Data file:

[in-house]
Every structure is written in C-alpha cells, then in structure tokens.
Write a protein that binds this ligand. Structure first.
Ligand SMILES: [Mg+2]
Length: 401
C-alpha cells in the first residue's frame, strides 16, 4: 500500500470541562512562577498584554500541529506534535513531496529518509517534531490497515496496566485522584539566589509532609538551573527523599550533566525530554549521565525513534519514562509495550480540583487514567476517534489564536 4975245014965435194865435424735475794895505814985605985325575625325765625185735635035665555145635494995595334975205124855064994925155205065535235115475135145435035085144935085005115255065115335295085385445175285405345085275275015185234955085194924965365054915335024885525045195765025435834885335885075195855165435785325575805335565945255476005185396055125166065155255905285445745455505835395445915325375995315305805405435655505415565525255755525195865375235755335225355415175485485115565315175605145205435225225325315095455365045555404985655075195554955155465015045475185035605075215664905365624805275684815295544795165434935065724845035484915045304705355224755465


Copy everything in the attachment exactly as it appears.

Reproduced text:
[in-house]
Every structure is written in C-alpha cells, then in structure tokens.
Write a protein that binds this ligand. Structure first.
Ligand SMILES: [Mg+2]
Length: 401
C-alpha cells in the first residue's frame, strides 16, 4: 500500500470541562512562577498584554500541529506534535513531496529518509517534531490497515496496566485522584539566589509532609538551573527523599550533566525530554549521565525513534519514562509495550480540583487514567476517534489564536 4975245014965435194865435424735475794895505814985605985325575625325765625185735635035665555145635494995595334975205124855064994925155205065535235115475135145435035085144935085005115255065115335295085385445175285405345085275275015185234955085194924965365054915335024885525045195765025435834885335885075195855165435785325575805335565945255476005185396055125166065155255905285445745455505835395445915325375995315305805405435655505415565525255755525195865375235755335225355415175485485115565315175605145205435225225325315095455365045555404985655075195554955155465015045475185035605075215664905365624805275684815295544795165434935065724845035484915045304705355224755465